Skip to main content

Bangladesh Garment Exports Rise 16 Percent Even as Human Rights' Violations Persist

Three months after the collapse of the Rana plaza factory in Bangladesh, which killed over 1100 workers, the garment industry is still struggling to enforce safety reform.

Three months after the collapse of the Rana plaza factory in Bangladesh, which killed over 1100 workers, the garment industry is still struggling to enforce safety reform.

Despite the grim reality check, factory conditions have not yet improved. Reuters today released a video showing a surprise safety check at Miami Garments, a factory in Bangladesh. What they found was startling:

First, the factory is housed in a residential building. Inspectors noted this single narrow exit staircase, weak floors and columns and only one fire extinguisher in the entire building.

Despite these very obvious violations, the building was given a passing grade, being assessed as "relatively compliant with standards."

But not all factories are receiving inadequate attention. Reuters reports that while "some factories are getting checked up to six times by various agencies" the quality of inspection varies greatly between agencies. With no definitive industry standard set, it's hard for each factory to be judged equally and fairly.

This is one of the issues that, according to WWD, Bangladeshi employers are pushing the Bangladesh Safety Accord to address over the next few days, as talks on how to implement the plan begin. Currently, each retail company sets their own safety checklist for their factory; since companies that produce out of Bangladesh hail from all over the world, this means that checklists can vary greatly between factories.

Scroll to Continue

Recommended Articles

“Sometimes it is just something as simple as the height or location of fire safety equipment, which has different stipulations by each retailer, and it makes it really hard for the manufacturer,” Abaz Ahmed, who has a manufacturing unit for t-shirts in Dhaka, told the trade. Ahmed is hoping the Accord will come up with standardized check lists for all factories. Employers also want the Accord to "ensure better prices without being squeezed by vendors as much as they have been in the past."

Another issue the Accord's delegation will be addressing is the lack of Bangladeshi representation. Christy Hoffman of UNI Global Union, who sits on the plan's five-member international delegation, told WWD they would be meeting with government officials as well as with officials of the Bangladesh Garment Manufacturers and Exporters Association and the Bangladesh Knitwear Manufacturers and Exporters Association (BGFMEA) to discuss how the plan will be implemented.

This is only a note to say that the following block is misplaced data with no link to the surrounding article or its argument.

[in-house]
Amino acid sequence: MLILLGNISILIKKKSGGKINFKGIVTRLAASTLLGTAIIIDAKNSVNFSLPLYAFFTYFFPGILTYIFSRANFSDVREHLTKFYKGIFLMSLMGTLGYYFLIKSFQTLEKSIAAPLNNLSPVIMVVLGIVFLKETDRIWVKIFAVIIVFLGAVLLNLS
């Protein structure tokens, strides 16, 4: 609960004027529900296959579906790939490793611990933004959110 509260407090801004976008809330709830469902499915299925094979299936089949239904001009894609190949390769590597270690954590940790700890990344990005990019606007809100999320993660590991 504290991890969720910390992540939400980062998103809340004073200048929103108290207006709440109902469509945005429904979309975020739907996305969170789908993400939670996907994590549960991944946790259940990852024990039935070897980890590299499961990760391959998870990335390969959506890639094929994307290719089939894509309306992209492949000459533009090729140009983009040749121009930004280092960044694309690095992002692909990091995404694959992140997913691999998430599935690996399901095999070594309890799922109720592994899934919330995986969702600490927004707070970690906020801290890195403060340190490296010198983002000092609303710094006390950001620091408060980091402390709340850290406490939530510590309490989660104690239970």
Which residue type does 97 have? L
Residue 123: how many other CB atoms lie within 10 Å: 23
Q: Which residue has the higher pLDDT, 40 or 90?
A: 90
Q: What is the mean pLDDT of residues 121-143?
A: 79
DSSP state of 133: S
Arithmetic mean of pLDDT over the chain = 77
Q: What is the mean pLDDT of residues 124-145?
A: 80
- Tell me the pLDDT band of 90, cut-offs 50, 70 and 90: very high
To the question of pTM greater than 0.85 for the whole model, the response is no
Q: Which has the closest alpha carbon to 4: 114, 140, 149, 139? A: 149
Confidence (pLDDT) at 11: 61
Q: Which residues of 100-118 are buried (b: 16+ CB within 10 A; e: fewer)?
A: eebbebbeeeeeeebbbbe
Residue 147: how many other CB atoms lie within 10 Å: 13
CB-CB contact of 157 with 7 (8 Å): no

Even though there remains a massive list of complicated issues to address, the delegation remains hopeful that the Accord's plan for safety reform, the general tenets of which were agreed upon in May, will be able to be implemented soon. With reports like the one from Reuters' still coming in, there's greater urgency to address issues now.

“We need approvals from the Bangladesh government, and we’re very hopeful that we can get it done within the next few months,” Hoffman said. “We’re hoping that this could be facilitated to open as soon as possible, and that is part of the agenda for our discussions with government officials to help get this done very quickly, hopefully before the end of this year.”

Meanwhile, the Bangladesh police are still dealing with the criminal case against Rana plaza's owner Sohel Rana, Bloomberg is reporting. Rana is one of 21 people arrested in connection to the building collapse. Rana is said to have noticed the cracks earlier and forced workers to return to the factory. Police say he could now be facing manslaughter charges, as opposed to criminal negligence.

But while human rights and labor groups rally to create better industry standards, and while the police continue to investigate the Rana collapse, consumers are unfazed. Reuters reports that the country's garment exports rose 16 percent last month.